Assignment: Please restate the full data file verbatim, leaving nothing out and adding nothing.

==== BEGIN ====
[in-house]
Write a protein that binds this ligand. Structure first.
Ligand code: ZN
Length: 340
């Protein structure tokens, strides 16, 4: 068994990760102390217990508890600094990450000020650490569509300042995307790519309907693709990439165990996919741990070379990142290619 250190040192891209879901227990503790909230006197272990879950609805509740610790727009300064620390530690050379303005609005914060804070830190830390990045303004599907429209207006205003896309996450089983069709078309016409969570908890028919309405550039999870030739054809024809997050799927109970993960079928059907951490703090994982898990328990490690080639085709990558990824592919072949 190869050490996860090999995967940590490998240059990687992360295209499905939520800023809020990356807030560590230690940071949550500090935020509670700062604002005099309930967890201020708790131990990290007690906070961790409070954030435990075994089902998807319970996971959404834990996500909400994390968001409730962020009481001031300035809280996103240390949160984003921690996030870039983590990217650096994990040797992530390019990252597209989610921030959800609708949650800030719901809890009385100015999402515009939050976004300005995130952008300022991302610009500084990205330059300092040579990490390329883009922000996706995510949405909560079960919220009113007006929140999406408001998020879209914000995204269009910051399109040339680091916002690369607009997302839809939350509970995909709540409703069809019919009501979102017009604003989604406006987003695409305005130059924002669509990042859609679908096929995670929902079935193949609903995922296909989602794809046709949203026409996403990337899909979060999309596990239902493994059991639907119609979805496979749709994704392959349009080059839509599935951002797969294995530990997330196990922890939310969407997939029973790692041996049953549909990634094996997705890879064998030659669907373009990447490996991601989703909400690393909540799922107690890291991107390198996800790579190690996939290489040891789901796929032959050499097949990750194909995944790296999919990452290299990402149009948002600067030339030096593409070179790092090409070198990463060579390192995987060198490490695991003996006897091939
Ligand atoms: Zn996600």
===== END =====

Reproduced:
[in-house]
Write a protein that binds this ligand. Structure first.
Ligand code: ZN
Length: 340
């Protein structure tokens, strides 16, 4: 068994990760102390217990508890600094990450000020650490569509300042995307790519309907693709990439165990996919741990070379990142290619 250190040192891209879901227990503790909230006197272990879950609805509740610790727009300064620390530690050379303005609005914060804070830190830390990045303004599907429209207006205003896309996450089983069709078309016409969570908890028919309405550039999870030739054809024809997050799927109970993960079928059907951490703090994982898990328990490690080639085709990558990824592919072949 190869050490996860090999995967940590490998240059990687992360295209499905939520800023809020990356807030560590230690940071949550500090935020509670700062604002005099309930967890201020708790131990990290007690906070961790409070954030435990075994089902998807319970996971959404834990996500909400994390968001409730962020009481001031300035809280996103240390949160984003921690996030870039983590990217650096994990040797992530390019990252597209989610921030959800609708949650800030719901809890009385100015999402515009939050976004300005995130952008300022991302610009500084990205330059300092040579990490390329883009922000996706995510949405909560079960919220009113007006929140999406408001998020879209914000995204269009910051399109040339680091916002690369607009997302839809939350509970995909709540409703069809019919009501979102017009604003989604406006987003695409305005130059924002669509990042859609679908096929995670929902079935193949609903995922296909989602794809046709949203026409996403990337899909979060999309596990239902493994059991639907119609979805496979749709994704392959349009080059839509599935951002797969294995530990997330196990922890939310969407997939029973790692041996049953549909990634094996997705890879064998030659669907373009990447490996991601989703909400690393909540799922107690890291991107390198996800790579190690996939290489040891789901796929032959050499097949990750194909995944790296999919990452290299990402149009948002600067030339030096593409070179790092090409070198990463060579390192995987060198490490695991003996006897091939
Ligand atoms: Zn996600």